We’re coming up on a year of the pandemic, and one of the biggest side effects has been loneliness and isolation. For some, that’s especially trying during Valentine’s Day (on the heels of the winter holidays!). Stress, anxiety, and depression are among the top adverse mental health effects emerging from a year of lockdowns and quarantine.
For many pet owners though, their furry family members have been a solace – even a source of joy and grounding – during an unprecedented time of difficulty. This is no surprise to scientists, who have long studied how animals help combat loneliness and provide companionship. Here are some of the ways our four-legged (and other!) lifesavers have been helping us emotionally and boosting our mental health.
They give us a sense of purpose
Having a routine and caring for another being gives us a sense of meaning and purpose. Animals don’t know we’re in the middle of a pandemic, so there’s comfort in seeing them carry on life, as usual, content and happy in the moment.
They provide companionship
They’re our friends and companions – making us laugh, inviting us to be present, and loving us no matter what. And for so many of us, they’re suddenly our new workmates, bombing our zoom calls and taking over our keyboards. They offer their steady presence – at the bedside in the morning, in our laps as we’re trying to read, underfoot at dinner time. No matter what happens in our day, they’re there for us.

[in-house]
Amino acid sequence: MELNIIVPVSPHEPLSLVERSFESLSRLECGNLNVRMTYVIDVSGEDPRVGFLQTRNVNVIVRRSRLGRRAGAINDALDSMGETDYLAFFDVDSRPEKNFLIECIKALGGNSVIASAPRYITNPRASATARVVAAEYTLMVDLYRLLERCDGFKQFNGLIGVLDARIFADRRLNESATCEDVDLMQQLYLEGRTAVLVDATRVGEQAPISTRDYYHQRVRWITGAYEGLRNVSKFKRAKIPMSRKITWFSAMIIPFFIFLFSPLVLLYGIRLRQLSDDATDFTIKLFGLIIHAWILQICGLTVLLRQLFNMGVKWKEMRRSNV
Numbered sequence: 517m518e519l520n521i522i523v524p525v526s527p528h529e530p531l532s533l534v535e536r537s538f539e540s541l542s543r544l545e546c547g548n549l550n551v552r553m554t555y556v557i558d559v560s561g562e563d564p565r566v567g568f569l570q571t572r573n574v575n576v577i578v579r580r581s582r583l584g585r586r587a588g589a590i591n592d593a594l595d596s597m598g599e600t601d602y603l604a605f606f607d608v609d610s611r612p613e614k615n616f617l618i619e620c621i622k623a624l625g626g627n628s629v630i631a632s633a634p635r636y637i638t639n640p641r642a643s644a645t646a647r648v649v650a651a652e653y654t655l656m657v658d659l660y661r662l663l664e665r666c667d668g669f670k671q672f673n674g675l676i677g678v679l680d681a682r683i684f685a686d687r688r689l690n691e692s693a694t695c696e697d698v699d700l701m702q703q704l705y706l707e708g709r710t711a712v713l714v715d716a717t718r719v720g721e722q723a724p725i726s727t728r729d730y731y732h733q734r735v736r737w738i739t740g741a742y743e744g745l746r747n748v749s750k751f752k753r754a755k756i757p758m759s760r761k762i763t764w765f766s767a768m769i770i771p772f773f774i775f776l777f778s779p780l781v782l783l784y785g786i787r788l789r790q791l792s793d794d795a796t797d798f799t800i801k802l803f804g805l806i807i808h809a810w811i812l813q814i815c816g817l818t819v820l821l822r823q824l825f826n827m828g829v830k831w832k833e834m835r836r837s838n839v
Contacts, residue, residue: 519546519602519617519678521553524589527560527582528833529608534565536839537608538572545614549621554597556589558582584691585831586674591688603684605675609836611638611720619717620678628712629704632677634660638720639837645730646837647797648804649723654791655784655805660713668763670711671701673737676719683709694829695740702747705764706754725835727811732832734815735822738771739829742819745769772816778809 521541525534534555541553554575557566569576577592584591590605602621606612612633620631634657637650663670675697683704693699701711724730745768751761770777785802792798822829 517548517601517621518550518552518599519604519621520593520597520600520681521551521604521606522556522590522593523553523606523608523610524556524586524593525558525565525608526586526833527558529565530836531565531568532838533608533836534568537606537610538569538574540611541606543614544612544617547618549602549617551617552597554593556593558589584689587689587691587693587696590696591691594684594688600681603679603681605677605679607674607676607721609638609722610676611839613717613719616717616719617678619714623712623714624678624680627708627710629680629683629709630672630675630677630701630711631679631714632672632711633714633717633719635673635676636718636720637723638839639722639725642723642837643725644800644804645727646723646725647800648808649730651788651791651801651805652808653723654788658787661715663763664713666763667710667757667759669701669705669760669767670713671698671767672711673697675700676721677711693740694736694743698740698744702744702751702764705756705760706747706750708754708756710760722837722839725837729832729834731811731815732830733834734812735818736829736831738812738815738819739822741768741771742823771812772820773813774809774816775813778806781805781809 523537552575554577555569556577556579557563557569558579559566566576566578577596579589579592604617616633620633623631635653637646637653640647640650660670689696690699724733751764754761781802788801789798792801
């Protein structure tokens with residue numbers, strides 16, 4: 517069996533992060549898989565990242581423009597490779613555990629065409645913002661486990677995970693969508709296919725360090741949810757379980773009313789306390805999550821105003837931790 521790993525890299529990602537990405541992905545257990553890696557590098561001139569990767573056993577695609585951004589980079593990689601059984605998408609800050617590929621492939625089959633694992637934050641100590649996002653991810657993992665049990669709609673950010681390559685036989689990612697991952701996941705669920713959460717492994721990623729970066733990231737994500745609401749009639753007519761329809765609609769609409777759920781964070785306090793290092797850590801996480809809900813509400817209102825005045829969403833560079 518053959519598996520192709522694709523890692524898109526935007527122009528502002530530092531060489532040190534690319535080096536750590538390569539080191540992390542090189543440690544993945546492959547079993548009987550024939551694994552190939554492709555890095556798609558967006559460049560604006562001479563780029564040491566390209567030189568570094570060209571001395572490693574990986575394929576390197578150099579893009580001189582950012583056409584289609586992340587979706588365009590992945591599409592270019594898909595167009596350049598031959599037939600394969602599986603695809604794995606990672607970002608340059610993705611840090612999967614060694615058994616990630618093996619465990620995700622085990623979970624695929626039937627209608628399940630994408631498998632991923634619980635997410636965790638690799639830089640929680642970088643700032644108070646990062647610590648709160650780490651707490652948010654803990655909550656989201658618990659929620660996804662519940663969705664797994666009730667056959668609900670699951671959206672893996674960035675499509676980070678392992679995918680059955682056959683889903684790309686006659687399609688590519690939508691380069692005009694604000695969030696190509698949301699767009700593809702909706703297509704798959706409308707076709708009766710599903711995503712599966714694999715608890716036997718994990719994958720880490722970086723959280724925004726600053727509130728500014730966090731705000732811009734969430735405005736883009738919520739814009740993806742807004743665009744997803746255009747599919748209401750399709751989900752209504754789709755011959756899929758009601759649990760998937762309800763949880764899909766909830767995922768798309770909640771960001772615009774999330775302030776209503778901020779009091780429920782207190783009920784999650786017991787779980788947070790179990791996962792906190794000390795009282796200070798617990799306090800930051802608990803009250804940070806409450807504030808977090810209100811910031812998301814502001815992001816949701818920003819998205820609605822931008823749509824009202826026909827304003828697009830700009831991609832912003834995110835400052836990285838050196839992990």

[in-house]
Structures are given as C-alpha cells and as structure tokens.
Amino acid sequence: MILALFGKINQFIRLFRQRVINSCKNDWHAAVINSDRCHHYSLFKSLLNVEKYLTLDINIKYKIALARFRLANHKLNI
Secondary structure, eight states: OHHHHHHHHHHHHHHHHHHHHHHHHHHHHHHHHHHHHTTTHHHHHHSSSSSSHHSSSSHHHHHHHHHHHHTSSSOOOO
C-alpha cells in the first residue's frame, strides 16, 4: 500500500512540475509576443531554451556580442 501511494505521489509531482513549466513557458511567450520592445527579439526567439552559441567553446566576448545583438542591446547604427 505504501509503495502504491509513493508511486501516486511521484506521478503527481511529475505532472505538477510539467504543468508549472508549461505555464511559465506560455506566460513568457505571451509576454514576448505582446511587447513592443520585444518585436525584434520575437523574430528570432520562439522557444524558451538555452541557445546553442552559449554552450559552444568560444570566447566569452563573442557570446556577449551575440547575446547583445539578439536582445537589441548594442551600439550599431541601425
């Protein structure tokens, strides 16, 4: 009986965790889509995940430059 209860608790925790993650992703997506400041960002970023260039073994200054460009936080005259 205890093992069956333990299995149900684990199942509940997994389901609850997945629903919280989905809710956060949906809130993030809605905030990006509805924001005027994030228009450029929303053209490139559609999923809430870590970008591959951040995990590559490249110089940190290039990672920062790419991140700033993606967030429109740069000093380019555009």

They keep us active
Well, at least in the case of dogs, who will keep us to a walking schedule (whether we like it or not!). Once out and moving, we can reconnect with nature, wave to neighbors, and fill our lungs with fresh air. They can help us break up the monotony of the day with some movement and downtime.
They’re our family
No matter how big or small, there a reason we call them our “babies.” We form deep, emotional attachments to our pets, a neurological bonding process that goes back to our pre-history of animal domestication. They have a seemingly endless supply of love to dole out and are there for us whatever mood we’re in. For children and teens, this can be especially important during the pandemic.
We’re wired for connection
Pet and animal therapy have been proven to help the elderly and those with cognitive conditions. We may not fully understand the science, but it’s well-known that just being around animals helps so many. It can lower stress, improve emotional self-regulation, decrease pain symptoms and boost positive hormones.
Given all the benefits pets bring us, it’s no wonder pet owners are feeling extra grateful these days and that pet adoptions have been skyrocketing. If you’re thinking of adopting, do your research, make sure you’re ready to commit long-term, and be a responsible adopter.
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